Berlin emerged from the First World War as a multicultural European capital of immigration from the former Russian Empire, and while Russian emigres spread westward in the 1920s, a thriving East European Jewish community remained. Jewish intellectuals and activists participated vigorously in German cultural and political debate. Multilingual Jewish journalists, writers, actors and artists, invigorated by the creative atmosphere of the city, radically modernized Jewish culture. Even after 1933, Berlin remained a vital presence in Jewish cultural memory, as is testified by the works of Sholem Asch, Israel Joshua Singer, Zalman Shneour, Moyshe Kulbak, Uri Zvi Grinberg and Meir Viner. The story of Yiddish culture in Weimar Berlin is a case study in the development of Europe as a multilingual and multiethnic society. But it is a complex story, mixing integration with separateness. This book combines contributions on history and culture by an international team of leading scholars with representative samples of Yiddish poetry, prose and journalism from Weimar Berlin.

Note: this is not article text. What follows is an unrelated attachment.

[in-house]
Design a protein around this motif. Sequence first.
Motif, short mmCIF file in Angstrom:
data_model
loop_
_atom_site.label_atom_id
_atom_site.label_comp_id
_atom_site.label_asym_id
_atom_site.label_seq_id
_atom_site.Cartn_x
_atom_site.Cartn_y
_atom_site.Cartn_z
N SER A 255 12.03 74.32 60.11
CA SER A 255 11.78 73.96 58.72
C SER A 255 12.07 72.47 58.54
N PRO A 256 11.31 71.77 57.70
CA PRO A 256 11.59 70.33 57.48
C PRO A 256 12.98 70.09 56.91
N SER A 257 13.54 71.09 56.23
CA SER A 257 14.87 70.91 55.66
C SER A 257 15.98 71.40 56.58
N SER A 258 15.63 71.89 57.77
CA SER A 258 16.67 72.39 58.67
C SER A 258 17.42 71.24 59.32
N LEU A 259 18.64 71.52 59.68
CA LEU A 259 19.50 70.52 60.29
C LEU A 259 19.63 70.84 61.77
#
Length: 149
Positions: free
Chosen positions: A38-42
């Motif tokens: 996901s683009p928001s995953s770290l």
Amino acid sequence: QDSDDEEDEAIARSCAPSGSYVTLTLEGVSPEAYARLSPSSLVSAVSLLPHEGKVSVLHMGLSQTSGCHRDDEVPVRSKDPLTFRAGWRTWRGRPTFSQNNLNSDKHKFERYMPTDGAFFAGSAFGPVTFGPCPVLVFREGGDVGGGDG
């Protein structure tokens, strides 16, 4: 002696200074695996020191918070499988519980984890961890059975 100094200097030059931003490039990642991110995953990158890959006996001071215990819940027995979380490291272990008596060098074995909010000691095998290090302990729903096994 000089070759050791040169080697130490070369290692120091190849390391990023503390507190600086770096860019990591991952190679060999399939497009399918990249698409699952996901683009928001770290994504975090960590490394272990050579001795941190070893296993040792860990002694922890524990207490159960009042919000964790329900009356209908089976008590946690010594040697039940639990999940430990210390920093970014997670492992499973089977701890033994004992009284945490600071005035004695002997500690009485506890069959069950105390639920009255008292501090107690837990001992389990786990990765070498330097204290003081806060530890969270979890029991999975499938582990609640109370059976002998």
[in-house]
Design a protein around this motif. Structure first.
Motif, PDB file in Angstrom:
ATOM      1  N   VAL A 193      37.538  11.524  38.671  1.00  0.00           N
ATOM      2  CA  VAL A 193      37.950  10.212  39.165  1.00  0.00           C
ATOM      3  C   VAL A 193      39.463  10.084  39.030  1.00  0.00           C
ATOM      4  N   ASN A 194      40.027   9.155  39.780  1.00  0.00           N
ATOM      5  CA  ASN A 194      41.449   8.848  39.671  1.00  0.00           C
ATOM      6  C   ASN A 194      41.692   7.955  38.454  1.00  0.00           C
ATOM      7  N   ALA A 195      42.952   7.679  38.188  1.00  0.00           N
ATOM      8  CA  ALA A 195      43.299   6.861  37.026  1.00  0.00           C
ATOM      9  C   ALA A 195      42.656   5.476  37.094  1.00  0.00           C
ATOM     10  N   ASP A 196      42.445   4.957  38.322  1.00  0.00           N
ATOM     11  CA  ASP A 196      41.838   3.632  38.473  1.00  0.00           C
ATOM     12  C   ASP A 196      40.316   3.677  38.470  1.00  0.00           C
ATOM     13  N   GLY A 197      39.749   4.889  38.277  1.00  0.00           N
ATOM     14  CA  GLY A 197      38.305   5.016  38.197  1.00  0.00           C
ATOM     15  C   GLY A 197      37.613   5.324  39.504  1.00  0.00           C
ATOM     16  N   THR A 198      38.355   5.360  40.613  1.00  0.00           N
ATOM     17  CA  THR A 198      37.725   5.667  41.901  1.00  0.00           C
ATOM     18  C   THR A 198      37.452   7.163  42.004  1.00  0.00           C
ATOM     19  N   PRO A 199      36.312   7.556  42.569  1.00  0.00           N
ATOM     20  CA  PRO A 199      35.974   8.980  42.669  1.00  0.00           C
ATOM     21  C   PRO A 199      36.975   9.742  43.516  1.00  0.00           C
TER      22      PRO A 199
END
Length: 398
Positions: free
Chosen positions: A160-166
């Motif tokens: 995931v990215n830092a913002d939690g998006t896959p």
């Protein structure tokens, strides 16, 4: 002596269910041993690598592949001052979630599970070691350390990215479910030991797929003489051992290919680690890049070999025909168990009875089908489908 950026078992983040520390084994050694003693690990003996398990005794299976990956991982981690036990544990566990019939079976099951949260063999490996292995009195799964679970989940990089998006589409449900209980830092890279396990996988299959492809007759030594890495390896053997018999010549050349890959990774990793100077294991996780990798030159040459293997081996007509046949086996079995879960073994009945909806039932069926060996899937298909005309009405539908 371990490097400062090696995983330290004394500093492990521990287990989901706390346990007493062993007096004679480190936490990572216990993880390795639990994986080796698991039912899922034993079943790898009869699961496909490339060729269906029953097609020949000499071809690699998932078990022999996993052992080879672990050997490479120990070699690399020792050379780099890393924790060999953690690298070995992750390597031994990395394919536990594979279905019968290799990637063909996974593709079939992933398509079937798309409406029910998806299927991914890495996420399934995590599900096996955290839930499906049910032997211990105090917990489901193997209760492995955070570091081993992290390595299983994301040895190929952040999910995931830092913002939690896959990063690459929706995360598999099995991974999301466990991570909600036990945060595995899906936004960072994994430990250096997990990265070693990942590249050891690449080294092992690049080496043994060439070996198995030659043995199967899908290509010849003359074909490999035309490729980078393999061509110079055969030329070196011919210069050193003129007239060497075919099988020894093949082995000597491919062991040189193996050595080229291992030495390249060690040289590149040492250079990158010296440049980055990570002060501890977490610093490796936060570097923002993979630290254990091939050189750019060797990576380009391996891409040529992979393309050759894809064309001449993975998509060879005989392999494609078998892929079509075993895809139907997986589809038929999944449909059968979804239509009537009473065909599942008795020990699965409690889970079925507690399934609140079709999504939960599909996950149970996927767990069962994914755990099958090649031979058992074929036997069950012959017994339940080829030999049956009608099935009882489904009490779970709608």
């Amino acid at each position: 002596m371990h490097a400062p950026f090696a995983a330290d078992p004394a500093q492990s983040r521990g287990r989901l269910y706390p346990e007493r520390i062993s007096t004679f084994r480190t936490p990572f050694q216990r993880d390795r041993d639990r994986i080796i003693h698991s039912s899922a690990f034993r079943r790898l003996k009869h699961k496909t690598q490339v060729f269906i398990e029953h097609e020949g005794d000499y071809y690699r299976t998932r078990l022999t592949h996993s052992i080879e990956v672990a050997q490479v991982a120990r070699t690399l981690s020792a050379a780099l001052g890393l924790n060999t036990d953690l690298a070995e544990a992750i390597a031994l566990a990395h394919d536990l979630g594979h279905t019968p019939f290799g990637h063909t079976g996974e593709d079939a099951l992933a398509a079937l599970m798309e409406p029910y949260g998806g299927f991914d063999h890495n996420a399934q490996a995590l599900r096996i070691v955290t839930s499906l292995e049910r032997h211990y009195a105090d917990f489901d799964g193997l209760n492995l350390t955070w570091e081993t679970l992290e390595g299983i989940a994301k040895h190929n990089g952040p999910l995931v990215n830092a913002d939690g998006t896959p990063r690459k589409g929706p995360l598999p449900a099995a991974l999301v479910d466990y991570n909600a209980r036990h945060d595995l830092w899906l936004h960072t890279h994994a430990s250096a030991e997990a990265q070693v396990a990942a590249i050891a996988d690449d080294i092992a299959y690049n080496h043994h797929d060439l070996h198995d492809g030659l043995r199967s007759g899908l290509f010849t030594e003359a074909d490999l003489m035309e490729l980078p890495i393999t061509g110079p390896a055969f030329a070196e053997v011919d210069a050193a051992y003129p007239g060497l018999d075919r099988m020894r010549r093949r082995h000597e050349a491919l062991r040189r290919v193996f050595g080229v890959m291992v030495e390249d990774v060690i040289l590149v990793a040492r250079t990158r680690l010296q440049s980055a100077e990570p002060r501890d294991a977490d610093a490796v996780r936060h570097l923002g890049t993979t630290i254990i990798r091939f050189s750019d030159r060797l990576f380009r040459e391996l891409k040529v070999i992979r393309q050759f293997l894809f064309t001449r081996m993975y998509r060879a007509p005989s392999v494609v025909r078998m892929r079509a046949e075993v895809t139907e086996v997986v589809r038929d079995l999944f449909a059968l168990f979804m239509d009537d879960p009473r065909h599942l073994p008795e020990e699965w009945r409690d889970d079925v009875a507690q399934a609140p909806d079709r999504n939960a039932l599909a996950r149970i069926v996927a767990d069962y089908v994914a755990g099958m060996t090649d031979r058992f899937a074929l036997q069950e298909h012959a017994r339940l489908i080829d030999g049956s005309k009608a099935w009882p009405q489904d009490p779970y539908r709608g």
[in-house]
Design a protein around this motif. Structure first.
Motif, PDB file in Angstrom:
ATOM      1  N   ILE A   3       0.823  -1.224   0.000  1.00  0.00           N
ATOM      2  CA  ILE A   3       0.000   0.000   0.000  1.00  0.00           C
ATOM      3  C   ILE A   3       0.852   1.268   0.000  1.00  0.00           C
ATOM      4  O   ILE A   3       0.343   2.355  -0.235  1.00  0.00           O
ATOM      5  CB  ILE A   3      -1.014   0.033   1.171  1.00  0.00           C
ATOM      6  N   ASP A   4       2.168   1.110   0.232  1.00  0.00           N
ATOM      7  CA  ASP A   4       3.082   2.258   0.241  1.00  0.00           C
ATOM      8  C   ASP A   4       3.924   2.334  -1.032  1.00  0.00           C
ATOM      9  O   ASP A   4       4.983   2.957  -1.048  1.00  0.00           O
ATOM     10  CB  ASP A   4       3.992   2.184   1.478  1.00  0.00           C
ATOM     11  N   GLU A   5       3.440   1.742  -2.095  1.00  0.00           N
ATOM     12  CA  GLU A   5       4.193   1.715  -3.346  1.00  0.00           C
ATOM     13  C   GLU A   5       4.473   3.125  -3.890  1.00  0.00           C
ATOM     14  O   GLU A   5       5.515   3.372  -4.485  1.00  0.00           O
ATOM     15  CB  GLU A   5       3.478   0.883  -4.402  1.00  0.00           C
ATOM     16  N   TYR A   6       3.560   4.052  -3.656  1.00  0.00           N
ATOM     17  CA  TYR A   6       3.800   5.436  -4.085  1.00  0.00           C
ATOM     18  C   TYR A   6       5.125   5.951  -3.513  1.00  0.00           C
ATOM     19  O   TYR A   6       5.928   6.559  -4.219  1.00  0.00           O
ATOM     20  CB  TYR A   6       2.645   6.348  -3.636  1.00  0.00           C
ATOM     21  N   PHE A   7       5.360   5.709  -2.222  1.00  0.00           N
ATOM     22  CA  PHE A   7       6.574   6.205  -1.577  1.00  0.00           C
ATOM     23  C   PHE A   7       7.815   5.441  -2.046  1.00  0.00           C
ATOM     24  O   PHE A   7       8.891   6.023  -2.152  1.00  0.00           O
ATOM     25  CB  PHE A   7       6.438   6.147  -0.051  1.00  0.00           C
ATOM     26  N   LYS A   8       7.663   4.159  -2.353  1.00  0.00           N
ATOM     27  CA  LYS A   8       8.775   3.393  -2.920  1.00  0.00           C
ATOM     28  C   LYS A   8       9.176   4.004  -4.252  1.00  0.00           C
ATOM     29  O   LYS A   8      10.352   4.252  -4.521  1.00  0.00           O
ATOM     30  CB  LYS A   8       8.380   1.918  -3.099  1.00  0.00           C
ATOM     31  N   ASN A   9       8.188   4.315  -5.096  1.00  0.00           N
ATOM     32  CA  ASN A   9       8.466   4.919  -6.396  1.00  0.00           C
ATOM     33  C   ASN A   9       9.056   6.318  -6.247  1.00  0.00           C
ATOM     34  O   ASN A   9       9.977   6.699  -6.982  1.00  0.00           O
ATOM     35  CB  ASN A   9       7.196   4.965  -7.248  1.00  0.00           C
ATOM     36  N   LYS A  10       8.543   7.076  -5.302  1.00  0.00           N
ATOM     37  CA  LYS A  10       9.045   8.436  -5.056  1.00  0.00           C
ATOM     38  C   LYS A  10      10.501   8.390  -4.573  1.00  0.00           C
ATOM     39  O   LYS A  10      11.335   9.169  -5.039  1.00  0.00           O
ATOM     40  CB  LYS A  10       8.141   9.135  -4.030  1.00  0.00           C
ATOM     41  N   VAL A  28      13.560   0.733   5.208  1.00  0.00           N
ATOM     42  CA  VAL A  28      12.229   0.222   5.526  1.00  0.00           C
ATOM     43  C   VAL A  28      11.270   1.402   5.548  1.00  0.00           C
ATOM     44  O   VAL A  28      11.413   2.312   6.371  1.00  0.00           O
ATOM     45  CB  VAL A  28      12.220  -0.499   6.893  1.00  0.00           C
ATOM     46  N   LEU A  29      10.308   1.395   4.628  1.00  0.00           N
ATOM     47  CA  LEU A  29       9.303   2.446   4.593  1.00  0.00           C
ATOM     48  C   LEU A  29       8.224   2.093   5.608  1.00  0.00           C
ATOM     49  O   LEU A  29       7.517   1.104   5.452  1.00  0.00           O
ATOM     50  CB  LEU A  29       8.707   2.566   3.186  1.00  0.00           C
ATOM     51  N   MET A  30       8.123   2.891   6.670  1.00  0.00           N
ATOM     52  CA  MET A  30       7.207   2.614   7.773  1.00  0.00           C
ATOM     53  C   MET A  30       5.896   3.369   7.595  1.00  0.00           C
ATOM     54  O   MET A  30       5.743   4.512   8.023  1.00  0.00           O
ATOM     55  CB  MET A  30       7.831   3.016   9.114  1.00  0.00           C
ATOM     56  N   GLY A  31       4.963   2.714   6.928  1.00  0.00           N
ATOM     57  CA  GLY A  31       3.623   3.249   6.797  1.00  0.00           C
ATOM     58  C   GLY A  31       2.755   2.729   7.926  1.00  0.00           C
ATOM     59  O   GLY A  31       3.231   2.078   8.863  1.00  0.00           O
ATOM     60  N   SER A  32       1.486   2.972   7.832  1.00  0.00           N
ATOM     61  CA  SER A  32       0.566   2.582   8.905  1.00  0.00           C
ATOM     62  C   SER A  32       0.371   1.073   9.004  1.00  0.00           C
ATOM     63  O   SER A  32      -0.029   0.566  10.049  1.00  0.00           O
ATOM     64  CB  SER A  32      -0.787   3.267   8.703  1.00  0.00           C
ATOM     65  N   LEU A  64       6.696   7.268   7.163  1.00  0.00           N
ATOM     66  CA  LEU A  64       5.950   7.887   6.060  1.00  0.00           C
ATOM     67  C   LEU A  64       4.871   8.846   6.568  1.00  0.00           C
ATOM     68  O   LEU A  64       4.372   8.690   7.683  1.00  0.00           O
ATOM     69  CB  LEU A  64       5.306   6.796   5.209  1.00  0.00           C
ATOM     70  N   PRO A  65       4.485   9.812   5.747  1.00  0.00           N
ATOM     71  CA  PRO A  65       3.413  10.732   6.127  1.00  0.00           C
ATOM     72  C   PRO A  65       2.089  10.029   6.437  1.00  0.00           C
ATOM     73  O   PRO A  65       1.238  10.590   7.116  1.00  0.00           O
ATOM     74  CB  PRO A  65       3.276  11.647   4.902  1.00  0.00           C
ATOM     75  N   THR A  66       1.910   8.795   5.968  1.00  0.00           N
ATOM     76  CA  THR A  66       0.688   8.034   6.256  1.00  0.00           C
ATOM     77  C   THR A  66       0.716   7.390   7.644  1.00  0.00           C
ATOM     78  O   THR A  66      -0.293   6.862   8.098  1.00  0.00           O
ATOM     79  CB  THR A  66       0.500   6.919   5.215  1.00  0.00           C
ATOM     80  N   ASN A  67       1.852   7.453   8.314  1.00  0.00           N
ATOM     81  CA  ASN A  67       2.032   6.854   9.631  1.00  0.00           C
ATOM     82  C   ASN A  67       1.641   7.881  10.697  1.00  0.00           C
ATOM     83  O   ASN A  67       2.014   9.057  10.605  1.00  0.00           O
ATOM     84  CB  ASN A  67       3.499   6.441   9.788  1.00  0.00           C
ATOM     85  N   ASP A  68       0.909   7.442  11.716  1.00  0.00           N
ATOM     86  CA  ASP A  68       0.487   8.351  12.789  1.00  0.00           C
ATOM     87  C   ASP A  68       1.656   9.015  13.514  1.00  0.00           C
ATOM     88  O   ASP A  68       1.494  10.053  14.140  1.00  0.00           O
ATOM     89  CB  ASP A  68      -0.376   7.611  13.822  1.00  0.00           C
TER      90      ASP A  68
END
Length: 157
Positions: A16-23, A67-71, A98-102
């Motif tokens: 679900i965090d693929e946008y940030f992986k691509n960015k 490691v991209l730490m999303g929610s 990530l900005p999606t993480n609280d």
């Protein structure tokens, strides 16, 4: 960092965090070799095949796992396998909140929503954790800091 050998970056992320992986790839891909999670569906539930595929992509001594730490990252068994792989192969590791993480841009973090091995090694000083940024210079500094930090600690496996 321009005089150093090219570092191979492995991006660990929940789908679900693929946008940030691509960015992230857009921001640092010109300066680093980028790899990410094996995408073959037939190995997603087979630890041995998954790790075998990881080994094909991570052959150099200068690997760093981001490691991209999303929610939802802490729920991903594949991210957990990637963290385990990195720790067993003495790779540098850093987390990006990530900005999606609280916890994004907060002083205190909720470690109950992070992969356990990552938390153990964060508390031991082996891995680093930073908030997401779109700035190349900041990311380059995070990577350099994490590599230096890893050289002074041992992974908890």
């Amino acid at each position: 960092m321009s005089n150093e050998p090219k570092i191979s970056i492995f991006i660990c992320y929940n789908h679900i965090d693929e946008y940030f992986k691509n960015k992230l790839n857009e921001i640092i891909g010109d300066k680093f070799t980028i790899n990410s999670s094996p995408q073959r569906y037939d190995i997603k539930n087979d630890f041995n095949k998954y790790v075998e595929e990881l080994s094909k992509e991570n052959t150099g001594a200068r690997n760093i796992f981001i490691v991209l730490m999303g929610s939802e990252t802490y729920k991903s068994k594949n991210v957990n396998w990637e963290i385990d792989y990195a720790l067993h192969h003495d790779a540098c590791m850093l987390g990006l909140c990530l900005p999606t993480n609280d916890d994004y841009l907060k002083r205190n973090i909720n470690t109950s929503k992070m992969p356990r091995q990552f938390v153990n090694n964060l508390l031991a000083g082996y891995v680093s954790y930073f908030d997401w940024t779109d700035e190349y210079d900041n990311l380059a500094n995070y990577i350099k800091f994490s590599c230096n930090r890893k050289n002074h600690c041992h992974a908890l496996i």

Edited by Gennady Estraikh and Mikhail Krutikov
Legenda, July 2010